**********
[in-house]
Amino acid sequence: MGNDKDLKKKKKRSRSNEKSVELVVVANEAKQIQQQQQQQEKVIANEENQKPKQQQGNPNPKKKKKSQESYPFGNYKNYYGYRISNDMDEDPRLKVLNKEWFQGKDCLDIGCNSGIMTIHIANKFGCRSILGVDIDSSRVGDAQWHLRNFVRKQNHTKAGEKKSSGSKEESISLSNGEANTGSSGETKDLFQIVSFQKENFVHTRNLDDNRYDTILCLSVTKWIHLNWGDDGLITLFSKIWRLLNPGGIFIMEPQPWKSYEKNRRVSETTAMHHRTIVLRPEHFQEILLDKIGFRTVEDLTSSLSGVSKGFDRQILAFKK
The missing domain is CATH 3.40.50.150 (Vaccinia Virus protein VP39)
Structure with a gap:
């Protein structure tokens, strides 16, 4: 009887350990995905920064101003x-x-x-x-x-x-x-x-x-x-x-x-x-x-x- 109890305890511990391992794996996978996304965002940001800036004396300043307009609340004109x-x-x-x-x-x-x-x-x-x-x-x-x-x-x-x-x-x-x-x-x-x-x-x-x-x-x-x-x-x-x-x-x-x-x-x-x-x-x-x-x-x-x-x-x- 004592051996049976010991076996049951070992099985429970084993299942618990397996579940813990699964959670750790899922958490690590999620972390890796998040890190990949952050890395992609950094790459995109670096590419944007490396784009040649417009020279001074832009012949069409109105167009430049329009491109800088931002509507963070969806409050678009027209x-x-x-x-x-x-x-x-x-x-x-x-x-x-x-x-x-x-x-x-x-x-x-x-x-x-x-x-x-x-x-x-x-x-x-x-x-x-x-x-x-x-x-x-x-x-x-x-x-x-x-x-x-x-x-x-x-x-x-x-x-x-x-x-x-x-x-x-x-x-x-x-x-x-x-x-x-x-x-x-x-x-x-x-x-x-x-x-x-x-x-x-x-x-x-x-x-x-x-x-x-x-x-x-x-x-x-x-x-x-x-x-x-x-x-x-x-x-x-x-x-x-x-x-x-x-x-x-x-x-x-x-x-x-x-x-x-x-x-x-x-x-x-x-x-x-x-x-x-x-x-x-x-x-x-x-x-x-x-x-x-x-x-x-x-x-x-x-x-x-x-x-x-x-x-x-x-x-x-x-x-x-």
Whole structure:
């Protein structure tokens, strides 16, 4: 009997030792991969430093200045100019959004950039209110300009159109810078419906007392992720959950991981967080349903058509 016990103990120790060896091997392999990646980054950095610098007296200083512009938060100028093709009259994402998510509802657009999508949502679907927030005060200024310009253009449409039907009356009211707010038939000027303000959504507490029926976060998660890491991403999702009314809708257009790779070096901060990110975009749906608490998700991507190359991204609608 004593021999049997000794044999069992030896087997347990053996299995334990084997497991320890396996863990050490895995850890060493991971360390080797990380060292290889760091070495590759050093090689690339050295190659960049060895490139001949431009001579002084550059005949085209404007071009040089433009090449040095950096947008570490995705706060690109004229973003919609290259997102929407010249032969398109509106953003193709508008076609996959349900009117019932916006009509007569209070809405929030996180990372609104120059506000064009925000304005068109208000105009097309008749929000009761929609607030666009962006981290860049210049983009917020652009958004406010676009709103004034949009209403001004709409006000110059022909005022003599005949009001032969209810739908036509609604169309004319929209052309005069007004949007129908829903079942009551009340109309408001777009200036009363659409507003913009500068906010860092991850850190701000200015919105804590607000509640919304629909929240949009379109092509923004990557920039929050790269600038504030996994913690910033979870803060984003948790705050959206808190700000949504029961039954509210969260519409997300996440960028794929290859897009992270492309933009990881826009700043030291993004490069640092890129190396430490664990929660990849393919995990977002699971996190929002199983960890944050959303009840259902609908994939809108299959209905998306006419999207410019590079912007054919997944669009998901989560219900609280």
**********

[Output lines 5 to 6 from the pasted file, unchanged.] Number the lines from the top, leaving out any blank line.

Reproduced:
């Protein structure tokens, strides 16, 4: 009887350990995905920064101003x-x-x-x-x-x-x-x-x-x-x-x-x-x-x- 109890305890511990391992794996996978996304965002940001800036004396300043307009609340004109x-x-x-x-x-x-x-x-x-x-x-x-x-x-x-x-x-x-x-x-x-x-x-x-x-x-x-x-x-x-x-x-x-x-x-x-x-x-x-x-x-x-x-x-x- 004592051996049976010991076996049951070992099985429970084993299942618990397996579940813990699964959670750790899922958490690590999620972390890796998040890190990949952050890395992609950094790459995109670096590419944007490396784009040649417009020279001074832009012949069409109105167009430049329009491109800088931002509507963070969806409050678009027209x-x-x-x-x-x-x-x-x-x-x-x-x-x-x-x-x-x-x-x-x-x-x-x-x-x-x-x-x-x-x-x-x-x-x-x-x-x-x-x-x-x-x-x-x-x-x-x-x-x-x-x-x-x-x-x-x-x-x-x-x-x-x-x-x-x-x-x-x-x-x-x-x-x-x-x-x-x-x-x-x-x-x-x-x-x-x-x-x-x-x-x-x-x-x-x-x-x-x-x-x-x-x-x-x-x-x-x-x-x-x-x-x-x-x-x-x-x-x-x-x-x-x-x-x-x-x-x-x-x-x-x-x-x-x-x-x-x-x-x-x-x-x-x-x-x-x-x-x-x-x-x-x-x-x-x-x-x-x-x-x-x-x-x-x-x-x-x-x-x-x-x-x-x-x-x-x-x-x-x-x-x-």
Whole structure: